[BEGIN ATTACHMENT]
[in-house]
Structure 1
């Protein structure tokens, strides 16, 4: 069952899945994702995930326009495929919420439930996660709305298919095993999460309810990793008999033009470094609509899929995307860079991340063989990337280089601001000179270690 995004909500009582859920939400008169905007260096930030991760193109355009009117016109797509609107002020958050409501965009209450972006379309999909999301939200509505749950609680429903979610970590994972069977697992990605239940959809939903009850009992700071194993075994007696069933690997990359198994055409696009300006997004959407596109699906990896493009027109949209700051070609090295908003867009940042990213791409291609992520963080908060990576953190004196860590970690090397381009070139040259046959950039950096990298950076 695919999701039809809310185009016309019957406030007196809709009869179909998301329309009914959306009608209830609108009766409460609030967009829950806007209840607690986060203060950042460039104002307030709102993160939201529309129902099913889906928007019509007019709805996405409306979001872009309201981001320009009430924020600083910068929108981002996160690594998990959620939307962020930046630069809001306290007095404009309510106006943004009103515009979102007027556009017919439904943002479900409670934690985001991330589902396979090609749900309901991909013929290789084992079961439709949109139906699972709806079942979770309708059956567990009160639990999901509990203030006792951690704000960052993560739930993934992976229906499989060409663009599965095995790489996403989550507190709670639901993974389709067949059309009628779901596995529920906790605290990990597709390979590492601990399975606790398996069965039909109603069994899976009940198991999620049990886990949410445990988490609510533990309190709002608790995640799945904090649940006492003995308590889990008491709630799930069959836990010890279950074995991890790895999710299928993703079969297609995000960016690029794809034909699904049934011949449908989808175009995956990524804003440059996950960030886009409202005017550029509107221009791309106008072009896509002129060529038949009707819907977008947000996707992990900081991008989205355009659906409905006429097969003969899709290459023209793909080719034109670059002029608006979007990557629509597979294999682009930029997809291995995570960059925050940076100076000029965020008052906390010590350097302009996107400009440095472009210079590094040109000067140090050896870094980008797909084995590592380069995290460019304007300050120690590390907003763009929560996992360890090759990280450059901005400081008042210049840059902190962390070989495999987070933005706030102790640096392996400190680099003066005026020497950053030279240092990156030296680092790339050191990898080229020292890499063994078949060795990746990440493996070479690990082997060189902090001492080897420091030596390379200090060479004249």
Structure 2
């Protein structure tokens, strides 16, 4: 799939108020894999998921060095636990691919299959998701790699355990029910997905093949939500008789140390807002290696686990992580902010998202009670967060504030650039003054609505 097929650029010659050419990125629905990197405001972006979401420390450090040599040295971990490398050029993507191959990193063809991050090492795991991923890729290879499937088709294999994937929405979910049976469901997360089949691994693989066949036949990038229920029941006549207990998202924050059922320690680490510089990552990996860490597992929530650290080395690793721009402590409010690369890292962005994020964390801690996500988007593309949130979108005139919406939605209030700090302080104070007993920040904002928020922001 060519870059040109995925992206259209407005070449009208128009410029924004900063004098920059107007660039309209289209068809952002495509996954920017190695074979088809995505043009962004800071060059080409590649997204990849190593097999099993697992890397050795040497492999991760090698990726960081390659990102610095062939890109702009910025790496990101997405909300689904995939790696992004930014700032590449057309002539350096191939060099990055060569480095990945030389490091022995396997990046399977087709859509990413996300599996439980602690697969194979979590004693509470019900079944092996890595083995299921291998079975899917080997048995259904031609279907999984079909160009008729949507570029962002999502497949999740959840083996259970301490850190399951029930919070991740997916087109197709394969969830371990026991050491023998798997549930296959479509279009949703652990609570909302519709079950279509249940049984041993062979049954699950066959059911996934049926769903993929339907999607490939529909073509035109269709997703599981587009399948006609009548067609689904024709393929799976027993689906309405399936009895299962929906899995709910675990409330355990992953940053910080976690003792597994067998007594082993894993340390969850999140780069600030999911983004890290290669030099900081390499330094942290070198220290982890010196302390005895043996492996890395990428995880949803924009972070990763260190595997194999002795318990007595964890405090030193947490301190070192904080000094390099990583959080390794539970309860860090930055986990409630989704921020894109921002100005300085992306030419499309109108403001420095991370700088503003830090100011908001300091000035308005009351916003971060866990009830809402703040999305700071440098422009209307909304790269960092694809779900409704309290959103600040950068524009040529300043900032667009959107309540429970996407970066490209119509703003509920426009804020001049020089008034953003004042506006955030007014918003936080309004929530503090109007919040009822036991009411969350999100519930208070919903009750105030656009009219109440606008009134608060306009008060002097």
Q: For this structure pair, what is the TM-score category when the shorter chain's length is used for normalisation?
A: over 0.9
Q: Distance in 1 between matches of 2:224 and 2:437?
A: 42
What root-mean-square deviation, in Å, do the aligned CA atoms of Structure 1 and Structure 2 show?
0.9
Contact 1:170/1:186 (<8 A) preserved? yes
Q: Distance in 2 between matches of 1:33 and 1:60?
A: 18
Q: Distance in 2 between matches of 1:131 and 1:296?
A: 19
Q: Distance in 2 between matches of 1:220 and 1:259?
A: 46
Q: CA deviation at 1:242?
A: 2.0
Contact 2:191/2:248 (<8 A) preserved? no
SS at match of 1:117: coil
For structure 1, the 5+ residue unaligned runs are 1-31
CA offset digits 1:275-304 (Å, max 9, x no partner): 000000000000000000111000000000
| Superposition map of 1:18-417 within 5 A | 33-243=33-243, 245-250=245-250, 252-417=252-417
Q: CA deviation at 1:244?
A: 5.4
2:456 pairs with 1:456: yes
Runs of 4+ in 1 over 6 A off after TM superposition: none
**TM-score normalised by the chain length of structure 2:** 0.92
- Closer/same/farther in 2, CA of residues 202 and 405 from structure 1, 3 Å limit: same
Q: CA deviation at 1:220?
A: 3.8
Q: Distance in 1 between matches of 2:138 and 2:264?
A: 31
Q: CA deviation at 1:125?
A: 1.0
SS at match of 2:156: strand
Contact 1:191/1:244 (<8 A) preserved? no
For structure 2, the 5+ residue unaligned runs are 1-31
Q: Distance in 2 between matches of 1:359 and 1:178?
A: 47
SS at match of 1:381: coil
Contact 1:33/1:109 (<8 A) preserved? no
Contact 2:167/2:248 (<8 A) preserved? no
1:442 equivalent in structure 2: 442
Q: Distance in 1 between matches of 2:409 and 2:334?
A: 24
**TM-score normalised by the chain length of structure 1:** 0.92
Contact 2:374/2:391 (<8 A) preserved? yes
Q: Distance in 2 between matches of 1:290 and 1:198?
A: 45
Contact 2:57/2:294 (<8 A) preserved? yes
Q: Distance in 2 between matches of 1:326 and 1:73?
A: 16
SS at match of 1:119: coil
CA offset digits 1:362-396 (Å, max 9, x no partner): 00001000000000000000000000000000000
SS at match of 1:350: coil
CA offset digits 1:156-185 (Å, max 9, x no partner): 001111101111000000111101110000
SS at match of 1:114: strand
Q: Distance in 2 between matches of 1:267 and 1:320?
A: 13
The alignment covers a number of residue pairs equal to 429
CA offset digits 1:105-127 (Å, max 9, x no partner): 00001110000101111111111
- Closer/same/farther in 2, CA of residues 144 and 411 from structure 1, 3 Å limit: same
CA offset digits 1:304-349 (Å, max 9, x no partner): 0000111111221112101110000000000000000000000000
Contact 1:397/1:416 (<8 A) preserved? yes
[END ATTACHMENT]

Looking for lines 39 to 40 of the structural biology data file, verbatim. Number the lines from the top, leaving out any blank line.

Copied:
Contact 1:191/1:244 (<8 A) preserved? no
For structure 2, the 5+ residue unaligned runs are 1-31